Submitting ...

Step 1. Mortgage Loan and Interest Rate Assumptions

Suppose you’ve taken out a mortgage loan with the following lending terms:

  • Mortgage Amount: $200,000
  • Lending Term: 30 Years, or 360 Months
  • Interest Rate (Annual): 5%

Remember, APR does not just factor in the interest expense, but related fees, too.

  • Origination Fee: $1,000

Step 2. APR Calculation in Excel (RATE Function)

Using the “PMT” function in Excel, we can calculate the monthly payment amount.

Monthly Payment: PMT (Interest Expense / 12, Borrowing Term in Months, Loan Principal)

If we plug in our numbers, we get the following:

  • Monthly Payment = PMT ($10,000 / 12, 360, $200,000)
  • Monthly Payment = $1,074

The “RATE” Excel function can then be utilized to arrive at our mortgage’s annual percentage rate (APR).

Annual Percentage Rate (APR) = RATE (Borrowing Term in Months, Monthly Payment, (Loan Principal – Origination Fee)) * 12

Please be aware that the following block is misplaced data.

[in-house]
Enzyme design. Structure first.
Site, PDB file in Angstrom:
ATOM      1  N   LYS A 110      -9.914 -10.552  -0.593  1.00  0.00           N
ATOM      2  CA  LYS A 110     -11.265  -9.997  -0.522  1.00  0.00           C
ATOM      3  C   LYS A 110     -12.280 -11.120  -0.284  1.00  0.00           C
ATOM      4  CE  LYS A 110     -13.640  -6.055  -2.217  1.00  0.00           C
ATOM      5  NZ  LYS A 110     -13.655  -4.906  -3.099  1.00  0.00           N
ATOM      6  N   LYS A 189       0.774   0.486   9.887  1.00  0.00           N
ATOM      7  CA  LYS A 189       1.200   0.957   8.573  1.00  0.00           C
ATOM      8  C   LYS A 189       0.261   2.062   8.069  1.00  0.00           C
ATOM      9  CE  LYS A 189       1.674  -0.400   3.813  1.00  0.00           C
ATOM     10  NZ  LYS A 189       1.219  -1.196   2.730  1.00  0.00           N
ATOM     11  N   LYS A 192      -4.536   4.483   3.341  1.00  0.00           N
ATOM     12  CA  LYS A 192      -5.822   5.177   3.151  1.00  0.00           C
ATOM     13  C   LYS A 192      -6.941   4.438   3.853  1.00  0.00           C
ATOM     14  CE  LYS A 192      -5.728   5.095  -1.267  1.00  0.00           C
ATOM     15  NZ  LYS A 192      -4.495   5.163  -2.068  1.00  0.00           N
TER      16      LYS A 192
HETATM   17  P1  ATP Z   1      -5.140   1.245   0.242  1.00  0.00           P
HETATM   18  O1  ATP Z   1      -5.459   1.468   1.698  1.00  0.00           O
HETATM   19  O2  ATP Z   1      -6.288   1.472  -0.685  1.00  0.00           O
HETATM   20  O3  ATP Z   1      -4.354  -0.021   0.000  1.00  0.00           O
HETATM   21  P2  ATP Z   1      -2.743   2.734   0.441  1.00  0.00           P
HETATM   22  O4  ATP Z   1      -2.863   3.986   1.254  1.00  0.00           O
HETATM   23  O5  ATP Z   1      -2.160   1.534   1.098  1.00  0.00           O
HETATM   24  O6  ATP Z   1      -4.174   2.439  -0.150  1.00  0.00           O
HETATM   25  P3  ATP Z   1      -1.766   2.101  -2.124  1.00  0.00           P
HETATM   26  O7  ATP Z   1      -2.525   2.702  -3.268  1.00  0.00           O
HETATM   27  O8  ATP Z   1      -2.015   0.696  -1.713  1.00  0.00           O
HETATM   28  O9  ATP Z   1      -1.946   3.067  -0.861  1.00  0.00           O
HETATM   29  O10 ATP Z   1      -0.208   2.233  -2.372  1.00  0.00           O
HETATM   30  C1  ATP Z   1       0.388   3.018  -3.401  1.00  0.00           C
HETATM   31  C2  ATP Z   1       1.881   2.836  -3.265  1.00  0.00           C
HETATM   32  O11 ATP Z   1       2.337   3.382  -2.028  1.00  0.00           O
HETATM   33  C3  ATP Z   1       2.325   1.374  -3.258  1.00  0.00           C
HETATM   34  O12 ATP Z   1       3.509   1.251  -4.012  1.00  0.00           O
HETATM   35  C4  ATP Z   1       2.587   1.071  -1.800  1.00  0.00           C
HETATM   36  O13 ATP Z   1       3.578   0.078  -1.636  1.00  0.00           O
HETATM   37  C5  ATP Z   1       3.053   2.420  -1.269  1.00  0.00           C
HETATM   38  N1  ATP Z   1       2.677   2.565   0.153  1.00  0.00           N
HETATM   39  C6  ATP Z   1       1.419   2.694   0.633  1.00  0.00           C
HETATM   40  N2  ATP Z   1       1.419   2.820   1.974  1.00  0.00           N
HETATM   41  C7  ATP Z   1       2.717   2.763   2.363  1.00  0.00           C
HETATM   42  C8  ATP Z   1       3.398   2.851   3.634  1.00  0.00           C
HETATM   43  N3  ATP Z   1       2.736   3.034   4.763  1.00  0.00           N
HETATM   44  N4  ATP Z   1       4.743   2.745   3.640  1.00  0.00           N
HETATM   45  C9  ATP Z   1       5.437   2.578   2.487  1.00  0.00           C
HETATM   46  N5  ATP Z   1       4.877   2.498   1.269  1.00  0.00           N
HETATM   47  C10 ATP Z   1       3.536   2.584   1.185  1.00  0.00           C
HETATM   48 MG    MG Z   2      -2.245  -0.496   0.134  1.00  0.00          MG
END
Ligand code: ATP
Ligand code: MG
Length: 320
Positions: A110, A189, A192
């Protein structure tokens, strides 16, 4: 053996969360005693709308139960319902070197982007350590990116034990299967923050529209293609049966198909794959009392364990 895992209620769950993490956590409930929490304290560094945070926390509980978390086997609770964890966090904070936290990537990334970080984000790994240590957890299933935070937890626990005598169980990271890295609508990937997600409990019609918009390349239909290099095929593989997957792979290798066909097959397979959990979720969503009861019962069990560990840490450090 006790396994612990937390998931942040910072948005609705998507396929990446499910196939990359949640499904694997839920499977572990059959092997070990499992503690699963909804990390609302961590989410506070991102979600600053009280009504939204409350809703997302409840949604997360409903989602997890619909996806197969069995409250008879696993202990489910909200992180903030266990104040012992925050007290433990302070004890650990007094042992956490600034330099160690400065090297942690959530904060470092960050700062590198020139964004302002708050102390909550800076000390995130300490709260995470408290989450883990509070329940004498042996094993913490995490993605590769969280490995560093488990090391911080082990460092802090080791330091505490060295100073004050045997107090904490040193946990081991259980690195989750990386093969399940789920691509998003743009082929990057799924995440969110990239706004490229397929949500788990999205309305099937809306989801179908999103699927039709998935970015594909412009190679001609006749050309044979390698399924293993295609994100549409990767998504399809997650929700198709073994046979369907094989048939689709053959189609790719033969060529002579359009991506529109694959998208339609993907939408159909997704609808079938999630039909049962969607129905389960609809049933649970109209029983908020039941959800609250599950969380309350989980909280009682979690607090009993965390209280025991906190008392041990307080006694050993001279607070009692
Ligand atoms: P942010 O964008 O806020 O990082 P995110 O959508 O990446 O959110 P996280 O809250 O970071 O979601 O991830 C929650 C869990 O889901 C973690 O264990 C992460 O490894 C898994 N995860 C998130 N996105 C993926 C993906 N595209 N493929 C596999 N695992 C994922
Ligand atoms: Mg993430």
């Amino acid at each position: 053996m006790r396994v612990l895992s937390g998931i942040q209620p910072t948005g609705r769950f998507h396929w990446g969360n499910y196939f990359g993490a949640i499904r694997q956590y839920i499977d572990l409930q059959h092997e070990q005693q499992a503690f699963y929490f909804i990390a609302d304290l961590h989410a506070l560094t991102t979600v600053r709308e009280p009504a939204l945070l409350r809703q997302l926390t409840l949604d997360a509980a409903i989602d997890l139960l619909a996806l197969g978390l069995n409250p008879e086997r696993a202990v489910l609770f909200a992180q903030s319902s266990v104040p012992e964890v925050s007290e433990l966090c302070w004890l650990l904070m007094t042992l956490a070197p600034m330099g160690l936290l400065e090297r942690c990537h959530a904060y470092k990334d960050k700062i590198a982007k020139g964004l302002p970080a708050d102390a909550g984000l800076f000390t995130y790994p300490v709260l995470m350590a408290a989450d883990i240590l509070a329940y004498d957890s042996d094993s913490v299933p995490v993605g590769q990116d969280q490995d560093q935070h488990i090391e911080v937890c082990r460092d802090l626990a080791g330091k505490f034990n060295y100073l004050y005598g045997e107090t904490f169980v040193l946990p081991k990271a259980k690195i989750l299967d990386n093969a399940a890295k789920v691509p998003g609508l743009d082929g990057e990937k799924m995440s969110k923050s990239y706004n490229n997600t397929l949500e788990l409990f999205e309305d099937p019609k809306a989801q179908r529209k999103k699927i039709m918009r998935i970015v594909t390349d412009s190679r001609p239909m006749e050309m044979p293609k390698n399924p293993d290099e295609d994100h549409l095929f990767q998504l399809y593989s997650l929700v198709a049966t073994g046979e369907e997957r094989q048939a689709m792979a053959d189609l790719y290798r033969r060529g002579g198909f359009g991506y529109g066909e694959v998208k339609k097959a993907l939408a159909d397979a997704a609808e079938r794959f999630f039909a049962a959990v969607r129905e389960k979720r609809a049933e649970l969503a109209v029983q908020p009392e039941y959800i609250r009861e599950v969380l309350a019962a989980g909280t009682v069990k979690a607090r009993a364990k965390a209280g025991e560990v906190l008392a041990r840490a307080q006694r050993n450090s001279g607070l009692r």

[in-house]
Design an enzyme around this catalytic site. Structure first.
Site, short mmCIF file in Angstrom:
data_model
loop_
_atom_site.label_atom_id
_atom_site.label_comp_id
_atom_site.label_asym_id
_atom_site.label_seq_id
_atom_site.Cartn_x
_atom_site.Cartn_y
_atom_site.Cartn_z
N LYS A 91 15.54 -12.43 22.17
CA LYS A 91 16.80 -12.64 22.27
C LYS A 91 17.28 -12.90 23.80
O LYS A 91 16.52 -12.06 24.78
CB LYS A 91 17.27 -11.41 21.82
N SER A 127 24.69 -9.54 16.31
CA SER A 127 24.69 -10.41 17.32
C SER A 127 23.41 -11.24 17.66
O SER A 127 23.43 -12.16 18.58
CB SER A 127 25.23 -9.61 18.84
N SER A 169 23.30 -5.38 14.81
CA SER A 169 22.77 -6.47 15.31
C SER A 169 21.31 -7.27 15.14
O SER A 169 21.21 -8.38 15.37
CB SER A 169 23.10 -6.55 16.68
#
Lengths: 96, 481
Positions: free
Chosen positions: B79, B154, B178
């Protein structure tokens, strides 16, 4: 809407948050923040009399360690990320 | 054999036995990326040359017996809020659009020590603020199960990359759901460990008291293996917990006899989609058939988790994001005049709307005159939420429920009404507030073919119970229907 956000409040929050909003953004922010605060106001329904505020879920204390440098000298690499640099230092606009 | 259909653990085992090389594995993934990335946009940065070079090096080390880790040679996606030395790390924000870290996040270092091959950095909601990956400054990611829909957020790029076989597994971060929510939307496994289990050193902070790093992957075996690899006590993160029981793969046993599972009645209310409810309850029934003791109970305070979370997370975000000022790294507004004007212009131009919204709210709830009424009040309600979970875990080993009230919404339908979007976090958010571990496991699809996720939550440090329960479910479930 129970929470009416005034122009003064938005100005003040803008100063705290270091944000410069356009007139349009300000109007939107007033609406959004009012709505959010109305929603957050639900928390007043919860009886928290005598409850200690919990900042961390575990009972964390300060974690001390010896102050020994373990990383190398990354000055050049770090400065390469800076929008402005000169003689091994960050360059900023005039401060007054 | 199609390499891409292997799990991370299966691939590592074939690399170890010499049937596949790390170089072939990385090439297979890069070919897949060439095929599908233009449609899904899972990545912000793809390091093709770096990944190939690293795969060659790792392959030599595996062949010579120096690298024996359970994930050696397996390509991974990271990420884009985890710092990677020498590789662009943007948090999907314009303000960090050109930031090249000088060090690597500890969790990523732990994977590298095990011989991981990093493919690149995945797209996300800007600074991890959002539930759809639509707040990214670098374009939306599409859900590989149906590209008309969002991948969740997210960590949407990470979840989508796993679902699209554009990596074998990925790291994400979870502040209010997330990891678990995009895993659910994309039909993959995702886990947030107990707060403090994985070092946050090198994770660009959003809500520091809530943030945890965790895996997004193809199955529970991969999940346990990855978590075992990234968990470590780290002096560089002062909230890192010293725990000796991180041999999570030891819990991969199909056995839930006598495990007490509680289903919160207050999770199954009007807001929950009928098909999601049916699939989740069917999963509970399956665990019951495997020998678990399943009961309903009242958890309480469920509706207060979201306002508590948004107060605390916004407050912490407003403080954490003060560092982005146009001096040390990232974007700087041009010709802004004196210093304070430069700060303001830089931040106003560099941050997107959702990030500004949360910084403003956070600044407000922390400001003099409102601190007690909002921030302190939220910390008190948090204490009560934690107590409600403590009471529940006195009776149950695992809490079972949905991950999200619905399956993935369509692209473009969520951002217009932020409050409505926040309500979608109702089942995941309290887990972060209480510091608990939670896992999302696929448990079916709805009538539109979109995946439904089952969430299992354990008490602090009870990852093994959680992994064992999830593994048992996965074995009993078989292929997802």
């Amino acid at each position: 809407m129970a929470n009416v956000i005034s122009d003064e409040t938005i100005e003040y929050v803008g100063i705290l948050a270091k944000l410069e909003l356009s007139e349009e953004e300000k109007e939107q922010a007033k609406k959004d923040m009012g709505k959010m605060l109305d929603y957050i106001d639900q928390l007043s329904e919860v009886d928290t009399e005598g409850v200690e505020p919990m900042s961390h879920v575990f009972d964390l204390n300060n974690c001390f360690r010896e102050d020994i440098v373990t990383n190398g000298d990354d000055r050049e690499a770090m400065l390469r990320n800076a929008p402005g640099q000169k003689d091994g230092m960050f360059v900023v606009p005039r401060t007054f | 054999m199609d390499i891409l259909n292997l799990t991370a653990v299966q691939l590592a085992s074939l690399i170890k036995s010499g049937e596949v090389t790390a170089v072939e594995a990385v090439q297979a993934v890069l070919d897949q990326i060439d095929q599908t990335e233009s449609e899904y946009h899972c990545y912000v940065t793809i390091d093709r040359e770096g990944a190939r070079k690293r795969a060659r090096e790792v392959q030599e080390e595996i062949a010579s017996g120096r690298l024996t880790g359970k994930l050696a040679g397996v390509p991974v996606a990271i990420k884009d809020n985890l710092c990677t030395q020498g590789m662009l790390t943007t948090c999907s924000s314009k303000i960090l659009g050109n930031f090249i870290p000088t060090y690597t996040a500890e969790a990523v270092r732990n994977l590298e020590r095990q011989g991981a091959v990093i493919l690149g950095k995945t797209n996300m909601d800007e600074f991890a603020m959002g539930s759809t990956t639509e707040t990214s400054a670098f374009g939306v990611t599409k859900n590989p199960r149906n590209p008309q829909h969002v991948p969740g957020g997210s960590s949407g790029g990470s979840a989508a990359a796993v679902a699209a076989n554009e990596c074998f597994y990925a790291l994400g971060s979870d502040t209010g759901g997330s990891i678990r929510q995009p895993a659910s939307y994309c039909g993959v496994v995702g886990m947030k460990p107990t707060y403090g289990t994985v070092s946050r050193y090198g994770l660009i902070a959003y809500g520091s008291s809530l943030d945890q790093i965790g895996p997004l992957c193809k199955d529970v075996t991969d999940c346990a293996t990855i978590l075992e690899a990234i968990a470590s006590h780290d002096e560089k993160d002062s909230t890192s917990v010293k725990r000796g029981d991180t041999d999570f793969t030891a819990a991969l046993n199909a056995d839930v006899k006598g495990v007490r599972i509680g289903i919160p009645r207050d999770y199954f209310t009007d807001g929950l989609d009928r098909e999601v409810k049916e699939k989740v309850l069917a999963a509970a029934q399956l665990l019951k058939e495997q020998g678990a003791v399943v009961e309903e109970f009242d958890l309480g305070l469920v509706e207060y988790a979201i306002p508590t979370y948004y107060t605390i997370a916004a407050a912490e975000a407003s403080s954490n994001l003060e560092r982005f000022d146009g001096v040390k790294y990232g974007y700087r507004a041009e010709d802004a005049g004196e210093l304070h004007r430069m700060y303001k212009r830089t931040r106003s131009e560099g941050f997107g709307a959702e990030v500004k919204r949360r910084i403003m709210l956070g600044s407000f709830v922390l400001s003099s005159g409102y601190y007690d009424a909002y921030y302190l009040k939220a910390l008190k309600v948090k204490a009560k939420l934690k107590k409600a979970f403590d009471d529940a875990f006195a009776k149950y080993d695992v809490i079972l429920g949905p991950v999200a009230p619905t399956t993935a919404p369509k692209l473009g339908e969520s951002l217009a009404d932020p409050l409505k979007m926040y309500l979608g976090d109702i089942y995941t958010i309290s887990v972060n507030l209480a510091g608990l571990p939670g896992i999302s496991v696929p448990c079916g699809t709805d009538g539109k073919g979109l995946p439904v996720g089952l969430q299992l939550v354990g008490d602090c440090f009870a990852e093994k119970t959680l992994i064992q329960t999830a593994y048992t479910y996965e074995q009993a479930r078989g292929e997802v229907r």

Since we already have all the required inputs, the only remaining step is to plug them into the Excel formula.

  • APR = RATE (360, $1,074, ($200,000 – $1,000)) * 12
  • APR = 5.044%

Step 3. Annual Percentage Rate (APR) on Mortgage Analysis

The annual percentage rate (APR) on the mortgage loan – as shown in the screenshot of the model below – is calculated at approximately 5.0%.

Annual Percentage Ratio (APR) Calculator

Globally Recognized Certification Program

Get the Fixed Income Markets Certification (FIMC©)

Wall Street Prep's globally recognized certification program prepares trainees with the skills they need to succeed as a Fixed Income Trader on either the Buy Side or Sell Side.

Enroll Today
Comments
guest
0 Comments
Inline Feedbacks
View all comments
Get the WSP Fixed Income Markets Certification (FIMC©)

Wall Street Prep’s globally recognized certification program prepares trainees with the skills they need to succeed as a Fixed Income Trader on either the Buy Side or Sell Side.

Enroll Today
X

The Wall Street Prep Quicklesson Series

7 Free Financial Modeling Lessons

Get instant access to video lessons taught by experienced investment bankers. Learn financial statement modeling, DCF, M&A, LBO, Comps and Excel shortcuts.